Chapter 9 : IX: The Master
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The Master had been living in the Loup for over twenty years, and as dismal as it was, he had eventually come to love the cold, forbidding hallways, the damp dungeons, the stormy weather. He had learned to enjoy the solid presence of the Proie that was beside him always, and the loneliness that had set in his heart from the day he’d left home.
The Master’s study was only a small part of his large suite. When he’d restored the crumbling, abandoned castle at his initial arrival, he’d made sure to create a comfortable living space for himself. His study was only the first stop on the spiral staircase that led to his living space, and above it was so much more. Next was a small kitchen, stocked with simple necessary items such as cutlery as well as extravagant luxuries, like his prized fondue set. Above the kitchen was a bedroom with a bed fit for a king, and above that a profligate bathroom. Further up still, the last stop, was a small observatory, from which the Master could see in all directions and admire his life’s work. The viewing room was equipped only with a small, comfortable couch and a coffee table to rest a mug of coffee or one’s feet on. The ceiling was all glass, so that the Master could occasionally view the heavens above.
As magnificent as the suite was, the study really was the main attraction. It was where the Master doled out punishments for the guilty and orders for Darcy’s batch; it was where he conducted his research and occasionally experiments; it was where he read, either from his extensive library or from his daily newspaper.
The Master lifted the paper again and reread the unsettling news. It was the twelfth birthday of a kidnap victim, who had yet to be found, and also the anniversary of his snatching from his home ten years before. The kidnapper had been sly; the boy had disappeared just after his own birthday party. The parents of the child, a wealthy family, had apparently asked for a small article to be published in the Prophet to remind the world that not all problems were solved, and sometimes there was no “happily ever after”. The Master snorted. There were thousands of kidnapped kids in the world who would never find their families again; the Master knew that well enough.
The child was the grandson of a famous wizard, and the Master remembered well the news that had plagued the Prophet after the kidnapping; headlines had declared “Famous Auror’s Grandson Gone!” and similar dramatic claims. The press could be so foolish.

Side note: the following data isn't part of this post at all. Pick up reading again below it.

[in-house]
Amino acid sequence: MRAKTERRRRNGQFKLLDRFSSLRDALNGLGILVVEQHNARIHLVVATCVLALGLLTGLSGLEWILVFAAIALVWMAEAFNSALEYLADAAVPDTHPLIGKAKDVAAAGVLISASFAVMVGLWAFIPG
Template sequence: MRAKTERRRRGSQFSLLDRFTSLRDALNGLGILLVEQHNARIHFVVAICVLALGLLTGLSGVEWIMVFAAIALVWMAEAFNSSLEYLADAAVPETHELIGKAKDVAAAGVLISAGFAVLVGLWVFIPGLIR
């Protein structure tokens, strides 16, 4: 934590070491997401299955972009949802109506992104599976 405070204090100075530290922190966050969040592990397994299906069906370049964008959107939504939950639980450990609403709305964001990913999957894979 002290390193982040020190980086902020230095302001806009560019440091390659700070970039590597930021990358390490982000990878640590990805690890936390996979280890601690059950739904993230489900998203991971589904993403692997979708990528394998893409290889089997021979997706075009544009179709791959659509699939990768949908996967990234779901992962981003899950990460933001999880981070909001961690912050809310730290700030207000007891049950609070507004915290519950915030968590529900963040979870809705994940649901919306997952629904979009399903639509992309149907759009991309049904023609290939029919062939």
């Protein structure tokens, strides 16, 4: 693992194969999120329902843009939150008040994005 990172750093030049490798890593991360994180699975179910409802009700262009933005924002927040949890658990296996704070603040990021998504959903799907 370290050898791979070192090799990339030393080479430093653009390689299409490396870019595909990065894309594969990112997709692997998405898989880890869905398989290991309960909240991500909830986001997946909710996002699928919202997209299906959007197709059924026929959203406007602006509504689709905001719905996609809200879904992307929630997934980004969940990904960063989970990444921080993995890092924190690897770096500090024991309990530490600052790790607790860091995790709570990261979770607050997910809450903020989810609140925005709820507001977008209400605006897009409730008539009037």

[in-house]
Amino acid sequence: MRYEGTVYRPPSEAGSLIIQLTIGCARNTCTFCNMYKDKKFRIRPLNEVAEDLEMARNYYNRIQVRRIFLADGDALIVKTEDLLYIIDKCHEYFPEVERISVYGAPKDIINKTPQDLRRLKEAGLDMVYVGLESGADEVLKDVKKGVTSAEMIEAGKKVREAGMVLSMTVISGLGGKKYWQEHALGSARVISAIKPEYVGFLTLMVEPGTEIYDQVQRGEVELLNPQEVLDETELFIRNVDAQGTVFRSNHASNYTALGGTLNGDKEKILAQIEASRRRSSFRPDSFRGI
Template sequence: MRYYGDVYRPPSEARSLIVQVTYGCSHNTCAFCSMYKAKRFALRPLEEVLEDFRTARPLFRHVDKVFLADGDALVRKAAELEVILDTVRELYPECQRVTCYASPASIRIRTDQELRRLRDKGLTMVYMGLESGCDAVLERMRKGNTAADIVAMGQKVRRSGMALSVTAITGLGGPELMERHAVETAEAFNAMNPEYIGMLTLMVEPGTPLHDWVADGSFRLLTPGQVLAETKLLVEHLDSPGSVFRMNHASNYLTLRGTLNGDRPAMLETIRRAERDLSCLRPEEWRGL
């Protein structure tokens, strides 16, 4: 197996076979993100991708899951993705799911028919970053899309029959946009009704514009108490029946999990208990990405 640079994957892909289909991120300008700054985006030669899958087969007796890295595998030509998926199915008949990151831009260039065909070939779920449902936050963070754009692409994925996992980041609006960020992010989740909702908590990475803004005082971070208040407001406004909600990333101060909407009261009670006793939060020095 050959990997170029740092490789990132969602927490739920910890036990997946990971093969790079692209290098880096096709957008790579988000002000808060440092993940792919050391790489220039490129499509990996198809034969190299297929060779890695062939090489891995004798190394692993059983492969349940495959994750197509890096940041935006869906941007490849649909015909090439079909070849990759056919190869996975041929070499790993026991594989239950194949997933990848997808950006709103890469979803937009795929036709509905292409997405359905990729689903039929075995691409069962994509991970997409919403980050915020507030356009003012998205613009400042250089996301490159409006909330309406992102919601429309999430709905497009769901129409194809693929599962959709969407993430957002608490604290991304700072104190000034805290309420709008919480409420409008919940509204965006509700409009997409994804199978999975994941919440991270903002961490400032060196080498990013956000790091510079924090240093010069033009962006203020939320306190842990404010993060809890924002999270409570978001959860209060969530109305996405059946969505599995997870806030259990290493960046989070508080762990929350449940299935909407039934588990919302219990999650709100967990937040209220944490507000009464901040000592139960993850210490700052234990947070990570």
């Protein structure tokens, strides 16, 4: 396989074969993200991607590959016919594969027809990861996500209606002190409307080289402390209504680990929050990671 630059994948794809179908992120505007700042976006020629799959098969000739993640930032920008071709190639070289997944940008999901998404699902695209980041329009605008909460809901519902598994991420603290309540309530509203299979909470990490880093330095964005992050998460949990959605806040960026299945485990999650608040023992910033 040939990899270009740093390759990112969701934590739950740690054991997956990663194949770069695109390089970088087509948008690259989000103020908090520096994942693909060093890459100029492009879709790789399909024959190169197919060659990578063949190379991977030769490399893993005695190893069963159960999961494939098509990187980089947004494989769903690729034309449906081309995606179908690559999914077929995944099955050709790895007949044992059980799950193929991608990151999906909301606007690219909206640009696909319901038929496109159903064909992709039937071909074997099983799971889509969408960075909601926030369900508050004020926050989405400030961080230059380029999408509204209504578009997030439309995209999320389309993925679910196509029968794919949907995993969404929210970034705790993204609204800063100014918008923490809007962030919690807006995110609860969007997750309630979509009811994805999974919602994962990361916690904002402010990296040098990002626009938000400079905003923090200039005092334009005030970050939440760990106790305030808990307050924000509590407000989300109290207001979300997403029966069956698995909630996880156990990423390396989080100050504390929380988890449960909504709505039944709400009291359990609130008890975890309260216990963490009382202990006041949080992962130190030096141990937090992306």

But apparently that annoying famous Auror had funded a renewed search for the boy. It was absurd, of course. The boy would hardly resemble his two-year-old self, especially because no kidnapper was gentle. The boy would have been raised in harsh conditions, no doubt. He would look like a whole new person, ten years later. It was ridiculous that they were sending a search party out now.
But the article claimed that there were going to be searches all over the United Kingdom, especially in more remote areas, and that wouldn’t make things easy for the Master. There was a reason, after all, that he had trained the Knights to hide in the Proie whenever there was a hint of human life wandering up to the Loup.
The Master sighed again. The Loup’s grounds were too well maintained, the castle too well lit up at night to escape suspicion. Evacuating was a last resort, of course. But he would have to perform some powerful magic to create the illusion that the Loup was still abandoned. It would be similar to the spell that had been cast upon Hogwarts centuries ago. The Master wondered how Hogwarts was doing. Oh, how the professors there would gasp if they saw the school he was running!
The Master stuffed the newspaper into a filing cabinet and rubbed his temples. The kidnapped child’s name was Alex Potter.
A/N: A short chapter, I know, but necessary to move the plot along and to get a break from Devin and Rolf. The next one will be far more exciting.
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